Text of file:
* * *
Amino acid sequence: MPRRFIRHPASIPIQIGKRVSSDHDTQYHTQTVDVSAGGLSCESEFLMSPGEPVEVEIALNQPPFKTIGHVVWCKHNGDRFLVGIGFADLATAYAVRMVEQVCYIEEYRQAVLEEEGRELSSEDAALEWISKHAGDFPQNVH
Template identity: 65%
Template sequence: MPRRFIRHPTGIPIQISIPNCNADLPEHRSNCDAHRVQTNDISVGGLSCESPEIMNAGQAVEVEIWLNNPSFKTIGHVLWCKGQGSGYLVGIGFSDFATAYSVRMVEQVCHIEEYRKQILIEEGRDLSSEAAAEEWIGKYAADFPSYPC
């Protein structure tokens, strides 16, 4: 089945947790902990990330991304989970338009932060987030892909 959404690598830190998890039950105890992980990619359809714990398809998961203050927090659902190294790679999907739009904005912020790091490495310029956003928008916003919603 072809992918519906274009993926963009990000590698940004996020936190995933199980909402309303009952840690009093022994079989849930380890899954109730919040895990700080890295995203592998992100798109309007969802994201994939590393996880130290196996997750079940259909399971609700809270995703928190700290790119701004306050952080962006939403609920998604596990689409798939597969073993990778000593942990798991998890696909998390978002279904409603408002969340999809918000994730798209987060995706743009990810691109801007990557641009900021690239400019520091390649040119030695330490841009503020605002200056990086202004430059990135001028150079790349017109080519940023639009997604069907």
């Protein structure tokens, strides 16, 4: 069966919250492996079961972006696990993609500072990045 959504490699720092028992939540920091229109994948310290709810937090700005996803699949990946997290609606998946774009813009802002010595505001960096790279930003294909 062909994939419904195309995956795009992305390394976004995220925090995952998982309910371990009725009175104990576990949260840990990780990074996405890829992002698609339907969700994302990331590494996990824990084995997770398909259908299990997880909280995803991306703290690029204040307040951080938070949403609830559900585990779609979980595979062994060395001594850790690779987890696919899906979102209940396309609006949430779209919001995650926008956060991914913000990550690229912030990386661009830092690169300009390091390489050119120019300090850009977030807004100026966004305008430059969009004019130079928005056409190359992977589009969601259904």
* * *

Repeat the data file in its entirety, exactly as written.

Amino acid sequence: MPRRFIRHPASIPIQIGKRVSSDHDTQYHTQTVDVSAGGLSCESEFLMSPGEPVEVEIALNQPPFKTIGHVVWCKHNGDRFLVGIGFADLATAYAVRMVEQVCYIEEYRQAVLEEEGRELSSEDAALEWISKHAGDFPQNVH
Template identity: 65%
Template sequence: MPRRFIRHPTGIPIQISIPNCNADLPEHRSNCDAHRVQTNDISVGGLSCESPEIMNAGQAVEVEIWLNNPSFKTIGHVLWCKGQGSGYLVGIGFSDFATAYSVRMVEQVCHIEEYRKQILIEEGRDLSSEAAAEEWIGKYAADFPSYPC
């Protein structure tokens, strides 16, 4: 089945947790902990990330991304989970338009932060987030892909 959404690598830190998890039950105890992980990619359809714990398809998961203050927090659902190294790679999907739009904005912020790091490495310029956003928008916003919603 072809992918519906274009993926963009990000590698940004996020936190995933199980909402309303009952840690009093022994079989849930380890899954109730919040895990700080890295995203592998992100798109309007969802994201994939590393996880130290196996997750079940259909399971609700809270995703928190700290790119701004306050952080962006939403609920998604596990689409798939597969073993990778000593942990798991998890696909998390978002279904409603408002969340999809918000994730798209987060995706743009990810691109801007990557641009900021690239400019520091390649040119030695330490841009503020605002200056990086202004430059990135001028150079790349017109080519940023639009997604069907």
């Protein structure tokens, strides 16, 4: 069966919250492996079961972006696990993609500072990045 959504490699720092028992939540920091229109994948310290709810937090700005996803699949990946997290609606998946774009813009802002010595505001960096790279930003294909 062909994939419904195309995956795009992305390394976004995220925090995952998982309910371990009725009175104990576990949260840990990780990074996405890829992002698609339907969700994302990331590494996990824990084995997770398909259908299990997880909280995803991306703290690029204040307040951080938070949403609830559900585990779609979980595979062994060395001594850790690779987890696919899906979102209940396309609006949430779209919001995650926008956060991914913000990550690229912030990386661009830092690169300009390091390489050119120019300090850009977030807004100026966004305008430059969009004019130079928005056409190359992977589009969601259904």